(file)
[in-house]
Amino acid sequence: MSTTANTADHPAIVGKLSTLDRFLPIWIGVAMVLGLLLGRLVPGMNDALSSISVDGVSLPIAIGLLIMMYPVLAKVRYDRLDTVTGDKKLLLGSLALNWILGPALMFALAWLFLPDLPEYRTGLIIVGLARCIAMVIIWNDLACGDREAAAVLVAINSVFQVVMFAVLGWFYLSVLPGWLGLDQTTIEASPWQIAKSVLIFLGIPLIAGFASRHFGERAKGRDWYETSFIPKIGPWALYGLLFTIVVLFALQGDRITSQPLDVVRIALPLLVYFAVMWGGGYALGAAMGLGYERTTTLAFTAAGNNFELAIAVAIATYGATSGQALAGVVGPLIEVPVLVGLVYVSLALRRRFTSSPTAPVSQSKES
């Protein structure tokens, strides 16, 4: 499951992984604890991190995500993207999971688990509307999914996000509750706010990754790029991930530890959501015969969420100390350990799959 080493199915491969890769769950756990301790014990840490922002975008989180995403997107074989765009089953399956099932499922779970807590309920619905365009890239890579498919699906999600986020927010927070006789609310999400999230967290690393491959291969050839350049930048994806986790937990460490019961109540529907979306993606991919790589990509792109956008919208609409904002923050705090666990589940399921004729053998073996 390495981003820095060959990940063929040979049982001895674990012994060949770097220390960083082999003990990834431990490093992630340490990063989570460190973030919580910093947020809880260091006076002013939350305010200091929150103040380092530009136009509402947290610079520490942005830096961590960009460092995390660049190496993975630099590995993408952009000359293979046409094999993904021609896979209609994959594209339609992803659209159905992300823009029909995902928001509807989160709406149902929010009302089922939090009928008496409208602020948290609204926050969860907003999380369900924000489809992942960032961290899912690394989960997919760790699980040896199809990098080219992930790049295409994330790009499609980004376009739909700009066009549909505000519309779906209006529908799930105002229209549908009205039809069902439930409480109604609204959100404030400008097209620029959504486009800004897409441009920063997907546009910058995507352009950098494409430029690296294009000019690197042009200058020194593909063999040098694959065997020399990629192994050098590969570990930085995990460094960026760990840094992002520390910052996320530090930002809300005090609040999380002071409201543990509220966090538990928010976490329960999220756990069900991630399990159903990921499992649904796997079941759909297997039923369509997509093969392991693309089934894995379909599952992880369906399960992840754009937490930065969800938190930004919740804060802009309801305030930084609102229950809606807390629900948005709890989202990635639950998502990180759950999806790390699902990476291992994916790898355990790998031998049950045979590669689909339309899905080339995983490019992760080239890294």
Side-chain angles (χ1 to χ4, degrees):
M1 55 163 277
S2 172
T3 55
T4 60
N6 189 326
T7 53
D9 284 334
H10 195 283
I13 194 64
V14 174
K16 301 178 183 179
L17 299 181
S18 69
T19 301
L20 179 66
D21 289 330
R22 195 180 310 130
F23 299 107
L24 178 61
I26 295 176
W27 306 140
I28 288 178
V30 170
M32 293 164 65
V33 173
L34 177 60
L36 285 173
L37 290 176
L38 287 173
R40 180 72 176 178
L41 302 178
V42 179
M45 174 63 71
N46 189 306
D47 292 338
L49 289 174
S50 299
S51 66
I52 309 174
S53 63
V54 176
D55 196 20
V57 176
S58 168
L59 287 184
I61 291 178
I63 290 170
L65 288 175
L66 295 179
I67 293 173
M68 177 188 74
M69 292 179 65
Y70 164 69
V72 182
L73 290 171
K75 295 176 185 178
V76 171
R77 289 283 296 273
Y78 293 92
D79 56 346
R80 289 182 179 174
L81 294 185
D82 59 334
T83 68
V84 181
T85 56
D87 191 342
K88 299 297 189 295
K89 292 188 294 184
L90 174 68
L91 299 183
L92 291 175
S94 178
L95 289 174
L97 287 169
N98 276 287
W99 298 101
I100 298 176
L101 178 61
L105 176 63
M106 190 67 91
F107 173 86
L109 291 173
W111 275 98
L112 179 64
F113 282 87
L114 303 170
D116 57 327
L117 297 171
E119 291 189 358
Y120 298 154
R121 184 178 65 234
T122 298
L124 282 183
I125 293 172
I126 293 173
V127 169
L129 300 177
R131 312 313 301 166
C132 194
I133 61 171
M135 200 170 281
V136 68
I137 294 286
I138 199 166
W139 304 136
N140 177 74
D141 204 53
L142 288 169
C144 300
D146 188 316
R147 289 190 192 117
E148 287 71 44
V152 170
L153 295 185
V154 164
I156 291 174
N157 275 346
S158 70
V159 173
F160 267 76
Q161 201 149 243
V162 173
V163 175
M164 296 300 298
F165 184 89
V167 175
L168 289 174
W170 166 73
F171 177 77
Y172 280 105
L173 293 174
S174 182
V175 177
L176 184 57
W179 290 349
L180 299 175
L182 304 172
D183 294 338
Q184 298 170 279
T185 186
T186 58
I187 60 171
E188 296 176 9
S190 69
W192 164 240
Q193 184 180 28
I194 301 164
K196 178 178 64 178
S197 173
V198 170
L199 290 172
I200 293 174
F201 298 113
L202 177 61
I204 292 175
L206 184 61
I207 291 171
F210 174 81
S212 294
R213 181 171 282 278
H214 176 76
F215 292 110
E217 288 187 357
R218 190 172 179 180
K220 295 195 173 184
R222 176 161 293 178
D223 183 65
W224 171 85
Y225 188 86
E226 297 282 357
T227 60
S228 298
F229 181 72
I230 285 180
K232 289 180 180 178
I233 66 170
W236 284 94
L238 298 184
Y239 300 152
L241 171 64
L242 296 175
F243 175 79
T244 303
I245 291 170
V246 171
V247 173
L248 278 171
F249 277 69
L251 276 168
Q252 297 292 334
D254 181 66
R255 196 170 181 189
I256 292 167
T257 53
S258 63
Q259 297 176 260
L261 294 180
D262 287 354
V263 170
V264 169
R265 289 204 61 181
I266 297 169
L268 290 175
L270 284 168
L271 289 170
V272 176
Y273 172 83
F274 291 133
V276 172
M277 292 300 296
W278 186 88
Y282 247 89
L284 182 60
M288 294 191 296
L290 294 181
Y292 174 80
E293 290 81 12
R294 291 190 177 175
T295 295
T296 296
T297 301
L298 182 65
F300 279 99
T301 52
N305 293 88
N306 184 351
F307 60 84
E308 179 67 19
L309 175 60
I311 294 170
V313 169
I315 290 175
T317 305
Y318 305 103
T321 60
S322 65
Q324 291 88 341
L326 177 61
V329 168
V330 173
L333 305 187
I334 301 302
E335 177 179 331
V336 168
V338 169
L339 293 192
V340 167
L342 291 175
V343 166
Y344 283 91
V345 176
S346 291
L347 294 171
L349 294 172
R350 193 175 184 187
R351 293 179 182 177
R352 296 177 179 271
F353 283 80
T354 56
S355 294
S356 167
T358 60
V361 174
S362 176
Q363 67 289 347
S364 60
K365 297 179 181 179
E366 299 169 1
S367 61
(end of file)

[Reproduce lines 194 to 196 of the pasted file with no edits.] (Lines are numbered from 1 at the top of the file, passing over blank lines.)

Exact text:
L251 276 168
Q252 297 292 334
D254 181 66